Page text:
Emmanuel Lamur thinks he got better working with Luke Kuechly in the offseason.
BENGALS OLBs VONTAZE BURFICT AND EMMANUEL LAMUR VS. PANTHERS MLB LUKE KUECHLY
This is a Cincy football rumble all the way Sunday when the Bengals meet the Panthers at 1 p.m. at Paul Brown Stadium, where Kuechly has already played for St. Xavier.
This is the true Crosstown Showdown. This is how you like your football in the Queen City.
You've got St. X and Bengals and PBS and Pro Bowlers in stripes and undrafted free agents on the come and the NFL Defensive MVP and offseason workout partners and cerebral backers covering fleet tight ends all rolled into a big fat cheese cony with a lot of spice on the river for one afternoon, where, of course, as always, first place in the AFC North is on the line.
"Luke is my dude,' says Lamur, the Bengals starting SAM backer. "Very humble guy. Great guy to work out with. If you want to compete, you want to do it against the best."
That's what Kuechly and a bunch of Bengals have been doing the past three offseasons in the Cincinnati suburb of Mason at Ignition, the athletic performance group directed by Clif Marshall, the versatile combine coach who also helps out in the Bengals weight room.
At various times Marshall has had Linebackers U up there with Kuechly, Lamur, Bengals middle backer Rey Maualuga, backup backer Vincent Rey, and Bills rookie Preston Brown of Cincinnati's Northwest High School and currently the NFL's fourth leading tackler.
Brown came to Ignition because Kuechly is there. As Marshall says, it's hard to turn down a chance to work with the first man to be NFL Rookie of the Year and then NFL Defensive Player of the Year in his second season since Lawrence Taylor.
"Here was Luke, after the workouts, serving Gatorade and protein shakes to undrafted guys hoping to make a practice squad," Marshall says. "That shows you how he attracts guys to him to work out."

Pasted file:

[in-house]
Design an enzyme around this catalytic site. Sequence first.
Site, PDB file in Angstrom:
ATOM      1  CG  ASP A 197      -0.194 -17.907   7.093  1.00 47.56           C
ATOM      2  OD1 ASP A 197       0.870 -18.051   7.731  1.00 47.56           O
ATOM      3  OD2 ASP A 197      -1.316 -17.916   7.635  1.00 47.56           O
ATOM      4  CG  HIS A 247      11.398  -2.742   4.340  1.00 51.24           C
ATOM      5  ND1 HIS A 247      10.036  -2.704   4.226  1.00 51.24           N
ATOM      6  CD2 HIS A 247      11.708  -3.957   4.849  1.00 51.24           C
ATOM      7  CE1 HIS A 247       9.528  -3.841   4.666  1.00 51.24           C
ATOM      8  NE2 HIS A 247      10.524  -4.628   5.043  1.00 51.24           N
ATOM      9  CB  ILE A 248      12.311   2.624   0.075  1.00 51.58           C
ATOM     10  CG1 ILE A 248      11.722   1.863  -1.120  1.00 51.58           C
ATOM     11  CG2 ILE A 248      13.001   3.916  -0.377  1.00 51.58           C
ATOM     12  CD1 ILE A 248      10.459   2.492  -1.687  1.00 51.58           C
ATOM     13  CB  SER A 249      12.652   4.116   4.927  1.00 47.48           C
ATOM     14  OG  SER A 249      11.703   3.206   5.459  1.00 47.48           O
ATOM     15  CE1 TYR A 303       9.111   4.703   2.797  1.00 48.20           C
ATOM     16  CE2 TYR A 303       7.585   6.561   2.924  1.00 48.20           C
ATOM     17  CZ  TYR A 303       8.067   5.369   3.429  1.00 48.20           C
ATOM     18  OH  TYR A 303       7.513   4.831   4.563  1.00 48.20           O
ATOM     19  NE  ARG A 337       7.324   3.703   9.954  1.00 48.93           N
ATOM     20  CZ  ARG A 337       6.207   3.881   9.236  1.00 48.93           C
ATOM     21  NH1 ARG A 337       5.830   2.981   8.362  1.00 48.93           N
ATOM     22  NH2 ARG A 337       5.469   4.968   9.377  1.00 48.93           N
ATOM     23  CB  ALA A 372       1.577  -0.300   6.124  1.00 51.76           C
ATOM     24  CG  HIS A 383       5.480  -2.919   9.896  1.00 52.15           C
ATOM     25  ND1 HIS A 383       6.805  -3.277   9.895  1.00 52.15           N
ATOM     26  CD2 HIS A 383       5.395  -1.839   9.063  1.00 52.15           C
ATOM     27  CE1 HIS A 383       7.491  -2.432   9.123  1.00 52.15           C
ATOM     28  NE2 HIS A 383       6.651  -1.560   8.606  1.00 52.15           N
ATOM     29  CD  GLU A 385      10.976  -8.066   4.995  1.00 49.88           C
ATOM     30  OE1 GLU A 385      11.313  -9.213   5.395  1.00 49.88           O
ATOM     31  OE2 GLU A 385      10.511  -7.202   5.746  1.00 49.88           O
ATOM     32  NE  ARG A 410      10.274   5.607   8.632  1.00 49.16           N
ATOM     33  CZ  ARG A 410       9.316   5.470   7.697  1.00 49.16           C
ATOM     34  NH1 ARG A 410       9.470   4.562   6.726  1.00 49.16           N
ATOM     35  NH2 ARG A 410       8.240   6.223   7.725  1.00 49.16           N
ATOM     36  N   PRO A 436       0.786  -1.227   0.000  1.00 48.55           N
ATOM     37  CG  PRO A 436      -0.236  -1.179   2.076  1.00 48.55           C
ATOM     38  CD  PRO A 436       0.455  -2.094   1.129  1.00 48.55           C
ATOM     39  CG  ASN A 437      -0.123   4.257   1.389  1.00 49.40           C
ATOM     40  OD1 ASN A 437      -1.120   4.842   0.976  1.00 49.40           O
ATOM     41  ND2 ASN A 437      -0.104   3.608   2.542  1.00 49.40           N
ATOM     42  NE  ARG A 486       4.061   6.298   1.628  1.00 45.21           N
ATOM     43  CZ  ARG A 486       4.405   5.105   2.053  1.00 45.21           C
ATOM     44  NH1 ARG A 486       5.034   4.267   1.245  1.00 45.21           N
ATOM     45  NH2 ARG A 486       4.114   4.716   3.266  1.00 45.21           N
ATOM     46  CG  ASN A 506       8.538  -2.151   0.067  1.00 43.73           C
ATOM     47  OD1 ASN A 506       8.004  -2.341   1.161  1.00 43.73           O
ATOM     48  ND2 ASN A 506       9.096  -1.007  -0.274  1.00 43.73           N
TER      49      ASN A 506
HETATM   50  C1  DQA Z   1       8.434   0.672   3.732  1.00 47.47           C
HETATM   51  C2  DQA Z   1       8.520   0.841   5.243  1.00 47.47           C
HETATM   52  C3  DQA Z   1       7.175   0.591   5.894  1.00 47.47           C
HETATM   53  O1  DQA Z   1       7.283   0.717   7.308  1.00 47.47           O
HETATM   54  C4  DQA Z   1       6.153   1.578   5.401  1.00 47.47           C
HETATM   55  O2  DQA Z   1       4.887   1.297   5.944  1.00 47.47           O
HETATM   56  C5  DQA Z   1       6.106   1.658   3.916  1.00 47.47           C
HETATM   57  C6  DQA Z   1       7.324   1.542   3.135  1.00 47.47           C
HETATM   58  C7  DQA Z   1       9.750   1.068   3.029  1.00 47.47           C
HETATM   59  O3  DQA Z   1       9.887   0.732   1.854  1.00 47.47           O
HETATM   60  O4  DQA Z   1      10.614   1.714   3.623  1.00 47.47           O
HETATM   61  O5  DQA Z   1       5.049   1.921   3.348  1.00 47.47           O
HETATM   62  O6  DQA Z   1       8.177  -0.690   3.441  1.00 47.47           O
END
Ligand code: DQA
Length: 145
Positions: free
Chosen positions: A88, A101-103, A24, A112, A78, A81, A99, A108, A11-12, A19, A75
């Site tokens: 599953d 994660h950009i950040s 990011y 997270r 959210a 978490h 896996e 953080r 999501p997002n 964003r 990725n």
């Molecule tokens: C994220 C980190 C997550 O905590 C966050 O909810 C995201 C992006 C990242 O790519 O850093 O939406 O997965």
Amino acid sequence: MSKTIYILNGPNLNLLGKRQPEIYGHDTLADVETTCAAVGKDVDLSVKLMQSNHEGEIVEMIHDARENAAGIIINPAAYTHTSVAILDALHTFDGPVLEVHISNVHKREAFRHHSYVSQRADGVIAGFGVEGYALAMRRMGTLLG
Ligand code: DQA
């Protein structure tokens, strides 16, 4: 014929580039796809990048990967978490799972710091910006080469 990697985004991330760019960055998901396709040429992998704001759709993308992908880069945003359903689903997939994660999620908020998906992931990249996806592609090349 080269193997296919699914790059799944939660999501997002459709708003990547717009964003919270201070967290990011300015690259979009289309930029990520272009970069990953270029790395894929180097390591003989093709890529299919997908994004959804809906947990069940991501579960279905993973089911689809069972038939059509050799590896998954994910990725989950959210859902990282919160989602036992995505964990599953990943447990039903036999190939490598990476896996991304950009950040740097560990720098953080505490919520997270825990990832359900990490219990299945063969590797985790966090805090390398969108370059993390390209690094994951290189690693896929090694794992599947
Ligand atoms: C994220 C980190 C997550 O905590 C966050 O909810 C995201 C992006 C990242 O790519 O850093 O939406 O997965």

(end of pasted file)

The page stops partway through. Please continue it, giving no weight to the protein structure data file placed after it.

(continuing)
And then, Kuechly went to Ignition before his junior year at Boston College because of Maualuga. A Bengals fan and a backers fan, Kuechly had studied him and found it a thrill to work out with him.
Obviously, Sunday isn't going to be like one of Marshall's workouts, where Lamur was so incensed once this past July when Kuechly caught him in a sprint the usually mild-mannered E-Man threw a Gatorade bottle. They won't be competing against each other, but how they'll play at linebacker is going to go a long way in determining the outcome of the game.
After the Bengals were strafed for 185 yards by two New England tight ends Sunday night, Burfict and Lamur take on the highest-rated pass-catching tight end in the NFL in the person of Carolina's Greg Olsen, according to profotballfocus.com
With Bengals wide receiver A.J. Green (big toe) leaving Wednesday's practice before it started, running backs Giovani Bernard and Jeremy Hill may be asked to do the same thing they did against Atlanta when Green left early and split 42 carries. In that case, Kuechly, who leads the NFL in tackles, is trying to blow up that plan.
Kuechly, the defending defensive MVP and 2012 first-rounder, struck up a casual friendship with Burfict, the 2012 undrafted free agent who led the NFL in tackles last season, at last year's Pro Bowl. It will be a homecoming of sorts for Burfict, too, after he practiced for the first time Wednesday since suffering a second concussion in as many weeks three and a half weeks ago.
"Vontaze and I were at the combine together, we were at the Pro Bowl together, he was trying to get me on punt," Kuechly says of Hawaii. "I remember running down on punt a couple of times and he was trying to line me up, I think he was messing with me a little bit. If he's going to try to smoke me, I'm going to let him run by, I'm not too set on making this tackle, I'll run down and try to stay safe, I'll stay out of the way of that big dude.
"We were on opposite teams, so we didn't get a chance to sit down and talk. I talked to him a little bit. I asked him how he liked Cincinnati. Of course I asked him if he liked Skyline chili and Montgomery Inn. So as long as you like those two, you're good."